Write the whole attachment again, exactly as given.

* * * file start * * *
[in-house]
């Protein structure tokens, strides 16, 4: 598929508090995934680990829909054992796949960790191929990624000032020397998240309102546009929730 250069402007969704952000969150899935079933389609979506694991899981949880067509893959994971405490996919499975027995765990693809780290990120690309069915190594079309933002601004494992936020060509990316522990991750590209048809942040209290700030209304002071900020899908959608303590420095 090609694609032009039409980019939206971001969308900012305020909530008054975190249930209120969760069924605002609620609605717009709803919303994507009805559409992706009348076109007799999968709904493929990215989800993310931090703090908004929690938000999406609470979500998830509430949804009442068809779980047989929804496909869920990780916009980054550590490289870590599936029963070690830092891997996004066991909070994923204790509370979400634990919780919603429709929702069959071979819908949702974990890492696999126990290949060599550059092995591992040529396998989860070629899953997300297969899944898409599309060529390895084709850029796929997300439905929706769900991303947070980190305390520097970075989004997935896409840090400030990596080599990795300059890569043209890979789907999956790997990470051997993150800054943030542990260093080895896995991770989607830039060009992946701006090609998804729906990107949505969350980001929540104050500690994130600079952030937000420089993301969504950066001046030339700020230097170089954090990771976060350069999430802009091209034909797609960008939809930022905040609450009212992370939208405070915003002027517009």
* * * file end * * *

[in-house]
């Protein structure tokens, strides 16, 4: 598929508090995934680990829909054992796949960790191929990624000032020397998240309102546009929730 250069402007969704952000969150899935079933389609979506694991899981949880067509893959994971405490996919499975027995765990693809780290990120690309069915190594079309933002601004494992936020060509990316522990991750590209048809942040209290700030209304002071900020899908959608303590420095 090609694609032009039409980019939206971001969308900012305020909530008054975190249930209120969760069924605002609620609605717009709803919303994507009805559409992706009348076109007799999968709904493929990215989800993310931090703090908004929690938000999406609470979500998830509430949804009442068809779980047989929804496909869920990780916009980054550590490289870590599936029963070690830092891997996004066991909070994923204790509370979400634990919780919603429709929702069959071979819908949702974990890492696999126990290949060599550059092995591992040529396998989860070629899953997300297969899944898409599309060529390895084709850029796929997300439905929706769900991303947070980190305390520097970075989004997935896409840090400030990596080599990795300059890569043209890979789907999956790997990470051997993150800054943030542990260093080895896995991770989607830039060009992946701006090609998804729906990107949505969350980001929540104050500690994130600079952030937000420089993301969504950066001046030339700020230097170089954090990771976060350069999430802009091209034909797609960008939809930022905040609450009212992370939208405070915003002027517009």